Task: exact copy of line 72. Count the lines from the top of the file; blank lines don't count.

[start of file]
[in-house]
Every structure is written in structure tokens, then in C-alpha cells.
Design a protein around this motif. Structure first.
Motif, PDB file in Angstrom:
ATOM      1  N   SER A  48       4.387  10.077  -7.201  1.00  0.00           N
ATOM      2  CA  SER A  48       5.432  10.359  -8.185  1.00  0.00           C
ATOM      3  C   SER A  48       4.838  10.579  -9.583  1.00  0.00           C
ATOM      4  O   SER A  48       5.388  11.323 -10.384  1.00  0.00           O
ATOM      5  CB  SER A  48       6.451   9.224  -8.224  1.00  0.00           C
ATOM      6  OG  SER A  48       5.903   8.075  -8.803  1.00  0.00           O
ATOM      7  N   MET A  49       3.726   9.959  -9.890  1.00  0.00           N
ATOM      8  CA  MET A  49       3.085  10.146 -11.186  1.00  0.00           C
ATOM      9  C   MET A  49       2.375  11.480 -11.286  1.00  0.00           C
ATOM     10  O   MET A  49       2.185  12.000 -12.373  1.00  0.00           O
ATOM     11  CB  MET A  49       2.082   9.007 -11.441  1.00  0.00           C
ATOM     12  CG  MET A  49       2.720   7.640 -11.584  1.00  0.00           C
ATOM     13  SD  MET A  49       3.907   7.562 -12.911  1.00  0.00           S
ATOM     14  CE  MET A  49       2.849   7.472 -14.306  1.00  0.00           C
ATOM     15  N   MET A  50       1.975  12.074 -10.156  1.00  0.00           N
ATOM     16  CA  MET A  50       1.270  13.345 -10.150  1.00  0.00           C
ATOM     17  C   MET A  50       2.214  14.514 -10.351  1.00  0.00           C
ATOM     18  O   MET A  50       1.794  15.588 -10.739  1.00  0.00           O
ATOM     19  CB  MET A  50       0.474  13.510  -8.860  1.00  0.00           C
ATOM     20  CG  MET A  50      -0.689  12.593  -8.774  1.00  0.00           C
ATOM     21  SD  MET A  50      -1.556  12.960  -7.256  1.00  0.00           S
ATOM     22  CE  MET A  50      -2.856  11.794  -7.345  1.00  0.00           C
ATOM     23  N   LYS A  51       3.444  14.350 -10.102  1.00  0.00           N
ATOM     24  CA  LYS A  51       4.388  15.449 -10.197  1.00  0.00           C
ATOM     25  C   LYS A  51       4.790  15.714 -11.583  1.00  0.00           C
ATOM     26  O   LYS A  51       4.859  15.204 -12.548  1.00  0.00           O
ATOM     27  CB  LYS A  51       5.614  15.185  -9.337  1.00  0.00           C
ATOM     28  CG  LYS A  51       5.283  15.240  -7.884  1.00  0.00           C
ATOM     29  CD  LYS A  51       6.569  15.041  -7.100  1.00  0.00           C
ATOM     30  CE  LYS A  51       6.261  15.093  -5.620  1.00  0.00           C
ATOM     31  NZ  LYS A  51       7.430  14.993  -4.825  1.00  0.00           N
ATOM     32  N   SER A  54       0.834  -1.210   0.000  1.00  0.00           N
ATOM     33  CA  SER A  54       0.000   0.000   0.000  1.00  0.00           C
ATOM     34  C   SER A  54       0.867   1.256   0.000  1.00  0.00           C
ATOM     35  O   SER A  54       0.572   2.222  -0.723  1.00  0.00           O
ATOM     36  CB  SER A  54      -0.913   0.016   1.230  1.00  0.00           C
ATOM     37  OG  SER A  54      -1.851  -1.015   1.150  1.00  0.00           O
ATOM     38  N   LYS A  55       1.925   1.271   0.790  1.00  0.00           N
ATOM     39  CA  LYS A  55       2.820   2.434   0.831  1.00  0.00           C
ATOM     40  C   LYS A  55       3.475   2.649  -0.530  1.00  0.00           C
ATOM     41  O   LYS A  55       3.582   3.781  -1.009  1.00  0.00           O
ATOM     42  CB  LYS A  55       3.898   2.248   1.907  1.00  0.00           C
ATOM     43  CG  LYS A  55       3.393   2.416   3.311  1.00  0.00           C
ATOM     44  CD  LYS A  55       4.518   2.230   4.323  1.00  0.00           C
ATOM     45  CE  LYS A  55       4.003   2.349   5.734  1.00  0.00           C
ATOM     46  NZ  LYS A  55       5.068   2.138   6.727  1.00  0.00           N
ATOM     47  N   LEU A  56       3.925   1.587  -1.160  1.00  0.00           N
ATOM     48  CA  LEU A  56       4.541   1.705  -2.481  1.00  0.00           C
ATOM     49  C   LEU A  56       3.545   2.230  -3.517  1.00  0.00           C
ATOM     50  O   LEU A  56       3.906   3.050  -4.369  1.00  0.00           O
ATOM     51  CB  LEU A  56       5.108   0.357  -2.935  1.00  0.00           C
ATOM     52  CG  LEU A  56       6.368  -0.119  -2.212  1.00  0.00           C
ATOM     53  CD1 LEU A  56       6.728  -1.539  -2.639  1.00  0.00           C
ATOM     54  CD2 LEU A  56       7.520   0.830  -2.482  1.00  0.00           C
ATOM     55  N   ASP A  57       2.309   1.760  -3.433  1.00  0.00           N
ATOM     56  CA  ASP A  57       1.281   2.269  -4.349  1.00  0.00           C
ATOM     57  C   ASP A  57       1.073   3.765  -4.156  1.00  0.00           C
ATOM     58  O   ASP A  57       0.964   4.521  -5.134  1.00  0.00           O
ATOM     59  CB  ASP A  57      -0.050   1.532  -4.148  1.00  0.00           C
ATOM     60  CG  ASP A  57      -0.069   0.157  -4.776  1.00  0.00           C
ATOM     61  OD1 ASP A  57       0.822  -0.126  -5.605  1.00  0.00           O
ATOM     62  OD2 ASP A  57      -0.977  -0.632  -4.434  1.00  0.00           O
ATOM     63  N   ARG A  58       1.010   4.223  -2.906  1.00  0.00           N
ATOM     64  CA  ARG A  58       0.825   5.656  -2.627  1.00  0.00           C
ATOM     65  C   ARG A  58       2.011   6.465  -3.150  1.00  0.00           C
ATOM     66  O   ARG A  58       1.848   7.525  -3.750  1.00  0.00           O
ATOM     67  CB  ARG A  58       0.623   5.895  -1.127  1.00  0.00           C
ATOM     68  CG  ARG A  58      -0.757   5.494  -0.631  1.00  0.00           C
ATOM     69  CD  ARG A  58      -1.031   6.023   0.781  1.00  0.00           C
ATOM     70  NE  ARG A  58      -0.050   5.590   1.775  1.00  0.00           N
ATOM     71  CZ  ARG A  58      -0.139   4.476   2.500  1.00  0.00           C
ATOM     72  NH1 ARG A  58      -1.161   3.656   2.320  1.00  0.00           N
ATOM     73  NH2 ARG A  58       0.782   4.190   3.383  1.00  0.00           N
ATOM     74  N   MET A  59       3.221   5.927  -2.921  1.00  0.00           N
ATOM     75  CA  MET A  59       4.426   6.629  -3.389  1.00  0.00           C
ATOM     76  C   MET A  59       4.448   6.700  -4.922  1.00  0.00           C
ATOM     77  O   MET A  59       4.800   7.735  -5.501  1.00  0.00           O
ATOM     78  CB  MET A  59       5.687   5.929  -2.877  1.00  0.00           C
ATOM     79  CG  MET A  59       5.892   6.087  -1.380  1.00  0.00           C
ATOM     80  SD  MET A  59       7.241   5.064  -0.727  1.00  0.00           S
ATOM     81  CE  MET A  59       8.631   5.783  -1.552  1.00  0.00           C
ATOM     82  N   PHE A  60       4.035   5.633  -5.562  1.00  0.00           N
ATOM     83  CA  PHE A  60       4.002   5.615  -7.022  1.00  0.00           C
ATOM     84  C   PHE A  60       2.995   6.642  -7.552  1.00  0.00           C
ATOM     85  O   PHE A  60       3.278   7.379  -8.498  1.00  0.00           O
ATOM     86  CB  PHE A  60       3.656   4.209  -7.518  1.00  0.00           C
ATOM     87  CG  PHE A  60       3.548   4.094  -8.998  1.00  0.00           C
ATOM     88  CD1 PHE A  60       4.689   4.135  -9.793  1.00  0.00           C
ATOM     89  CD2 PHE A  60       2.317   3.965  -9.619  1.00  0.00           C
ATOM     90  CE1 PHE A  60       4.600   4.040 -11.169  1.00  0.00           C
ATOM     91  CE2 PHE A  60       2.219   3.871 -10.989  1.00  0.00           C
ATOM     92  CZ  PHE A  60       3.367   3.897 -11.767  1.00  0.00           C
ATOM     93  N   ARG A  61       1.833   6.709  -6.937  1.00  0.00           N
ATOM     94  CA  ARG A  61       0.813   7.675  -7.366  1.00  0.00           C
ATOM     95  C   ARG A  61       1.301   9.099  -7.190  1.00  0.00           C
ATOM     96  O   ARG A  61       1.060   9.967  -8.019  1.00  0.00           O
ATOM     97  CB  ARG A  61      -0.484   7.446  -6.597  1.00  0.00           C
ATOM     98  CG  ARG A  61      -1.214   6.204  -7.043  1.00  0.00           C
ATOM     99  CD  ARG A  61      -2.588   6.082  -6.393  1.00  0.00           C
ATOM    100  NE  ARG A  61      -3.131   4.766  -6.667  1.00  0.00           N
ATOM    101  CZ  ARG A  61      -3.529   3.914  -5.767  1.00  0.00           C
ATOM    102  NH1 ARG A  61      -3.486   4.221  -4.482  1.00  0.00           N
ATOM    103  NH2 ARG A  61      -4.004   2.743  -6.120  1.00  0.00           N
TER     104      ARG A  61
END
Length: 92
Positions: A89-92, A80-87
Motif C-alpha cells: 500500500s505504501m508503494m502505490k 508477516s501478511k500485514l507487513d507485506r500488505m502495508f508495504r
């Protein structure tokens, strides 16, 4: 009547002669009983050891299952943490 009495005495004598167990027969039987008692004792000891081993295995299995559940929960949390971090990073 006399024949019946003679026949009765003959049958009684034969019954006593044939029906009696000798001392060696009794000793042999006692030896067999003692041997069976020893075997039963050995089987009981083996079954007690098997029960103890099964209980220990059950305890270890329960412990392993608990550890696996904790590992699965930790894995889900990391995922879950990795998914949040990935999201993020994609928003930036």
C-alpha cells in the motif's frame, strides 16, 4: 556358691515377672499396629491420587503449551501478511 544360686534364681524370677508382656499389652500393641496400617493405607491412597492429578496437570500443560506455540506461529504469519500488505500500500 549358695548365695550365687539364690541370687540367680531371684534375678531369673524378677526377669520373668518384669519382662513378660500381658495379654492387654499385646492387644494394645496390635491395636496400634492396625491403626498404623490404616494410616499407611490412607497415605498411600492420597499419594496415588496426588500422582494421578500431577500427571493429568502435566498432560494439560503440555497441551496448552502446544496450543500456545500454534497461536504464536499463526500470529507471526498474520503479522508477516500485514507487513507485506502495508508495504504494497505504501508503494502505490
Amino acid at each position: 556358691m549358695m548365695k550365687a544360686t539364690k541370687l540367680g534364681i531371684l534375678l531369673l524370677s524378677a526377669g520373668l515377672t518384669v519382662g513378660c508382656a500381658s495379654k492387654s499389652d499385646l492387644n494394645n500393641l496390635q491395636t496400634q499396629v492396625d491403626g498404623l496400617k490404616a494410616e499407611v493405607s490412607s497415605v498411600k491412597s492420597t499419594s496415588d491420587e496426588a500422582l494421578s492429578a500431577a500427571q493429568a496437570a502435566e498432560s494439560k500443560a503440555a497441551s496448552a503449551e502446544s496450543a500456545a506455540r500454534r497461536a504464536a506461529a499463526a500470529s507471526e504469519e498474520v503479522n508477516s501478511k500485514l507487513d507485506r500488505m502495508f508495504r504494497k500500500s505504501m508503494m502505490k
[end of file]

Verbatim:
ATOM     68  CG  ARG A  58      -0.757   5.494  -0.631  1.00  0.00           C